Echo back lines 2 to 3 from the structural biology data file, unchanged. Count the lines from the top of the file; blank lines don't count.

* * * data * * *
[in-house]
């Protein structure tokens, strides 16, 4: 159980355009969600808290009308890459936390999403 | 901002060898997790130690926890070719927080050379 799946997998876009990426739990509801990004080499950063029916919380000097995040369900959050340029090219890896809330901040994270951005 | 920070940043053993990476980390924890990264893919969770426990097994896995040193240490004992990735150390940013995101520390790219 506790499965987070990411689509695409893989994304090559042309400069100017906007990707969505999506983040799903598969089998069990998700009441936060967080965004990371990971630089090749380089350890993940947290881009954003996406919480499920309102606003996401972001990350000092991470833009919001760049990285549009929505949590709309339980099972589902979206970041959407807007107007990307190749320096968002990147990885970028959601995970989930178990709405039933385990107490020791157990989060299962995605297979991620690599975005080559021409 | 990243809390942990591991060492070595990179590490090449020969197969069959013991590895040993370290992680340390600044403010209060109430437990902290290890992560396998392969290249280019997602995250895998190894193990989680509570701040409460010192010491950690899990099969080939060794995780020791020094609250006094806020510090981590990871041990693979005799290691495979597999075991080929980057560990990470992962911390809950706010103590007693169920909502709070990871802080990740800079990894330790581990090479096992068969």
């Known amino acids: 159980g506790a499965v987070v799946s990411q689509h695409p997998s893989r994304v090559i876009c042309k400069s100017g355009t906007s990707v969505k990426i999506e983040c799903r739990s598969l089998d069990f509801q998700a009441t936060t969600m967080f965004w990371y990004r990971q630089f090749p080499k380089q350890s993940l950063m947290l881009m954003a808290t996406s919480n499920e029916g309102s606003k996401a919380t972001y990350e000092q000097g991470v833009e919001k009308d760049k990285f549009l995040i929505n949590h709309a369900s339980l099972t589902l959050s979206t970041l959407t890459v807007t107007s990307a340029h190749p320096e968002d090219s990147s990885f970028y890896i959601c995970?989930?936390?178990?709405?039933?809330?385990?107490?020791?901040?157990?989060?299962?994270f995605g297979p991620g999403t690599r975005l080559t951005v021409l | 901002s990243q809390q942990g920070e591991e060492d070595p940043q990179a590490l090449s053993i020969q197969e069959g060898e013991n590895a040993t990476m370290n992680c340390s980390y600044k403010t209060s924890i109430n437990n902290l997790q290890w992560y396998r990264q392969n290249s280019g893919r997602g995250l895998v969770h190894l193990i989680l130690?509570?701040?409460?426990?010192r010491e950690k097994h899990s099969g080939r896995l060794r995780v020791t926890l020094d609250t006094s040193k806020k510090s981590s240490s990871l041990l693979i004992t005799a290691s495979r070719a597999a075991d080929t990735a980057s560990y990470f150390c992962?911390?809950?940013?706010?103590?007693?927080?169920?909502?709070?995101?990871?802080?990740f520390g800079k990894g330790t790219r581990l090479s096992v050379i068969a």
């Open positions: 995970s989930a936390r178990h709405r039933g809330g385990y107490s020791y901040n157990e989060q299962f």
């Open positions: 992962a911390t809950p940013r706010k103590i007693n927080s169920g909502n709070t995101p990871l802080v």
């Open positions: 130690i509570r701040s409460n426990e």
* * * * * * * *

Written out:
């Protein structure tokens, strides 16, 4: 159980355009969600808290009308890459936390999403 | 901002060898997790130690926890070719927080050379 799946997998876009990426739990509801990004080499950063029916919380000097995040369900959050340029090219890896809330901040994270951005 | 920070940043053993990476980390924890990264893919969770426990097994896995040193240490004992990735150390940013995101520390790219 506790499965987070990411689509695409893989994304090559042309400069100017906007990707969505999506983040799903598969089998069990998700009441936060967080965004990371990971630089090749380089350890993940947290881009954003996406919480499920309102606003996401972001990350000092991470833009919001760049990285549009929505949590709309339980099972589902979206970041959407807007107007990307190749320096968002990147990885970028959601995970989930178990709405039933385990107490020791157990989060299962995605297979991620690599975005080559021409 | 990243809390942990591991060492070595990179590490090449020969197969069959013991590895040993370290992680340390600044403010209060109430437990902290290890992560396998392969290249280019997602995250895998190894193990989680509570701040409460010192010491950690899990099969080939060794995780020791020094609250006094806020510090981590990871041990693979005799290691495979597999075991080929980057560990990470992962911390809950706010103590007693169920909502709070990871802080990740800079990894330790581990090479096992068969």
């Known amino acids: 159980g506790a499965v987070v799946s990411q689509h695409p997998s893989r994304v090559i876009c042309k400069s100017g355009t906007s990707v969505k990426i999506e983040c799903r739990s598969l089998d069990f509801q998700a009441t936060t969600m967080f965004w990371y990004r990971q630089f090749p080499k380089q350890s993940l950063m947290l881009m954003a808290t996406s919480n499920e029916g309102s606003k996401a919380t972001y990350e000092q000097g991470v833009e919001k009308d760049k990285f549009l995040i929505n949590h709309a369900s339980l099972t589902l959050s979206t970041l959407t890459v807007t107007s990307a340029h190749p320096e968002d090219s990147s990885f970028y890896i959601c995970?989930?936390?178990?709405?039933?809330?385990?107490?020791?901040?157990?989060?299962?994270f995605g297979p991620g999403t690599r975005l080559t951005v021409l | 901002s990243q809390q942990g920070e591991e060492d070595p940043q990179a590490l090449s053993i020969q197969e069959g060898e013991n590895a040993t990476m370290n992680c340390s980390y600044k403010t209060s924890i109430n437990n902290l997790q290890w992560y396998r990264q392969n290249s280019g893919r997602g995250l895998v969770h190894l193990i989680l130690?509570?701040?409460?426990?010192r010491e950690k097994h899990s099969g080939r896995l060794r995780v020791t926890l020094d609250t006094s040193k806020k510090s981590s240490s990871l041990l693979i004992t005799a290691s495979r070719a597999a075991d080929t990735a980057s560990y990470f150390c992962?911390?809950?940013?706010?103590?007693?927080?169920?909502?709070?995101?990871?802080?990740f520390g800079k990894g330790t790219r581990l090479s096992v050379i068969a």